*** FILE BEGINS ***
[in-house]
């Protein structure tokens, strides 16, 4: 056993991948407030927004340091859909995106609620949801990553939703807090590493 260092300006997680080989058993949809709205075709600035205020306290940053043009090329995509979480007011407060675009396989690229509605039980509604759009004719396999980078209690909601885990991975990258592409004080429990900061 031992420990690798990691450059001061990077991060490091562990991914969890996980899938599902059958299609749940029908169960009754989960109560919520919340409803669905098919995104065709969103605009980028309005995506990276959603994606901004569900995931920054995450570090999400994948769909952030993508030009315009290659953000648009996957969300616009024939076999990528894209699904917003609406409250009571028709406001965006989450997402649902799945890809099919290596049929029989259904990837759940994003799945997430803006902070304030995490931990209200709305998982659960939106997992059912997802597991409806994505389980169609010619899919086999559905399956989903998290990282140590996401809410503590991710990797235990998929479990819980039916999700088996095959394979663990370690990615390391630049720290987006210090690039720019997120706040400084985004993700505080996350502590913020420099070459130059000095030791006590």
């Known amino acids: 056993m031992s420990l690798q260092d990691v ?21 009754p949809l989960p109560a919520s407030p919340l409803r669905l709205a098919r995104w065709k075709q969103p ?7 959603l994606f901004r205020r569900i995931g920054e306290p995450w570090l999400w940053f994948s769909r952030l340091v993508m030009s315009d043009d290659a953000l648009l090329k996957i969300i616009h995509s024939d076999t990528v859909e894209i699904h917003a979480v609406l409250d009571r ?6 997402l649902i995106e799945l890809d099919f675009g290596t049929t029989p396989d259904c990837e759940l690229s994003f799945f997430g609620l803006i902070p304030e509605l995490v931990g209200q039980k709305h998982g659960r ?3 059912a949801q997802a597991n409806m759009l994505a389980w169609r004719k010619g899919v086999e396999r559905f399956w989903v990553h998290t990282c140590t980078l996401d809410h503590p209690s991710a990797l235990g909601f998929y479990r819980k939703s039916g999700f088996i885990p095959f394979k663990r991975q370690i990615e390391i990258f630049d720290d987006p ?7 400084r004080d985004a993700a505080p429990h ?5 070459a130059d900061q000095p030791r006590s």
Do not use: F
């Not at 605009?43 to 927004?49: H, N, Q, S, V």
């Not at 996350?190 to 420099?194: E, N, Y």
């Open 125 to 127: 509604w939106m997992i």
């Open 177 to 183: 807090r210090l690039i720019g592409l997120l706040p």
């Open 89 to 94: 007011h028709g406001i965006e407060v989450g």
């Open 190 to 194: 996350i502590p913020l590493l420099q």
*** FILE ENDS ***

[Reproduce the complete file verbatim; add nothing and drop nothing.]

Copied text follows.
[in-house]
């Protein structure tokens, strides 16, 4: 056993991948407030927004340091859909995106609620949801990553939703807090590493 260092300006997680080989058993949809709205075709600035205020306290940053043009090329995509979480007011407060675009396989690229509605039980509604759009004719396999980078209690909601885990991975990258592409004080429990900061 031992420990690798990691450059001061990077991060490091562990991914969890996980899938599902059958299609749940029908169960009754989960109560919520919340409803669905098919995104065709969103605009980028309005995506990276959603994606901004569900995931920054995450570090999400994948769909952030993508030009315009290659953000648009996957969300616009024939076999990528894209699904917003609406409250009571028709406001965006989450997402649902799945890809099919290596049929029989259904990837759940994003799945997430803006902070304030995490931990209200709305998982659960939106997992059912997802597991409806994505389980169609010619899919086999559905399956989903998290990282140590996401809410503590991710990797235990998929479990819980039916999700088996095959394979663990370690990615390391630049720290987006210090690039720019997120706040400084985004993700505080996350502590913020420099070459130059000095030791006590």
């Known amino acids: 056993m031992s420990l690798q260092d990691v ?21 009754p949809l989960p109560a919520s407030p919340l409803r669905l709205a098919r995104w065709k075709q969103p ?7 959603l994606f901004r205020r569900i995931g920054e306290p995450w570090l999400w940053f994948s769909r952030l340091v993508m030009s315009d043009d290659a953000l648009l090329k996957i969300i616009h995509s024939d076999t990528v859909e894209i699904h917003a979480v609406l409250d009571r ?6 997402l649902i995106e799945l890809d099919f675009g290596t049929t029989p396989d259904c990837e759940l690229s994003f799945f997430g609620l803006i902070p304030e509605l995490v931990g209200q039980k709305h998982g659960r ?3 059912a949801q997802a597991n409806m759009l994505a389980w169609r004719k010619g899919v086999e396999r559905f399956w989903v990553h998290t990282c140590t980078l996401d809410h503590p209690s991710a990797l235990g909601f998929y479990r819980k939703s039916g999700f088996i885990p095959f394979k663990r991975q370690i990615e390391i990258f630049d720290d987006p ?7 400084r004080d985004a993700a505080p429990h ?5 070459a130059d900061q000095p030791r006590s």
Do not use: F
């Not at 605009?43 to 927004?49: H, N, Q, S, V």
């Not at 996350?190 to 420099?194: E, N, Y």
């Open 125 to 127: 509604w939106m997992i």
């Open 177 to 183: 807090r210090l690039i720019g592409l997120l706040p």
């Open 89 to 94: 007011h028709g406001i965006e407060v989450g």
């Open 190 to 194: 996350i502590p913020l590493l420099q």